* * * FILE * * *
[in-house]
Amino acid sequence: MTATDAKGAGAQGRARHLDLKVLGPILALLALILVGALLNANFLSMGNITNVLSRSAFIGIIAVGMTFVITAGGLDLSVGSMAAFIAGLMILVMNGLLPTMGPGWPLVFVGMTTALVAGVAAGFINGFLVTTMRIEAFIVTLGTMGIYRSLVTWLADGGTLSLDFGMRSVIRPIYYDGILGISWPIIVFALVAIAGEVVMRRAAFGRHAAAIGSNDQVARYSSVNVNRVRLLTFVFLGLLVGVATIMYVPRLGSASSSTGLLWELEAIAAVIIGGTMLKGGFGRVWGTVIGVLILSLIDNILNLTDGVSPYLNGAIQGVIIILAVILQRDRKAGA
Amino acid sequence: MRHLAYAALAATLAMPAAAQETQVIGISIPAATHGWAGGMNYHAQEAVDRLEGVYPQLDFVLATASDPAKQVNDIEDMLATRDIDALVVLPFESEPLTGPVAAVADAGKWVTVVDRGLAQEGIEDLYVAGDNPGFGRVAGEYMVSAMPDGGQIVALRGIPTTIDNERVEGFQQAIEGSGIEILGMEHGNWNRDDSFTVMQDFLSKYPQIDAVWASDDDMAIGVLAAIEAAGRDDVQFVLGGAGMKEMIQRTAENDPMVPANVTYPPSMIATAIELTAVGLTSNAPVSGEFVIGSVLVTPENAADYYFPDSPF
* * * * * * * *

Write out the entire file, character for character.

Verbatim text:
[in-house]
Amino acid sequence: MTATDAKGAGAQGRARHLDLKVLGPILALLALILVGALLNANFLSMGNITNVLSRSAFIGIIAVGMTFVITAGGLDLSVGSMAAFIAGLMILVMNGLLPTMGPGWPLVFVGMTTALVAGVAAGFINGFLVTTMRIEAFIVTLGTMGIYRSLVTWLADGGTLSLDFGMRSVIRPIYYDGILGISWPIIVFALVAIAGEVVMRRAAFGRHAAAIGSNDQVARYSSVNVNRVRLLTFVFLGLLVGVATIMYVPRLGSASSSTGLLWELEAIAAVIIGGTMLKGGFGRVWGTVIGVLILSLIDNILNLTDGVSPYLNGAIQGVIIILAVILQRDRKAGA
Amino acid sequence: MRHLAYAALAATLAMPAAAQETQVIGISIPAATHGWAGGMNYHAQEAVDRLEGVYPQLDFVLATASDPAKQVNDIEDMLATRDIDALVVLPFESEPLTGPVAAVADAGKWVTVVDRGLAQEGIEDLYVAGDNPGFGRVAGEYMVSAMPDGGQIVALRGIPTTIDNERVEGFQQAIEGSGIEILGMEHGNWNRDDSFTVMQDFLSKYPQIDAVWASDDDMAIGVLAAIEAAGRDDVQFVLGGAGMKEMIQRTAENDPMVPANVTYPPSMIATAIELTAVGLTSNAPVSGEFVIGSVLVTPENAADYYFPDSPF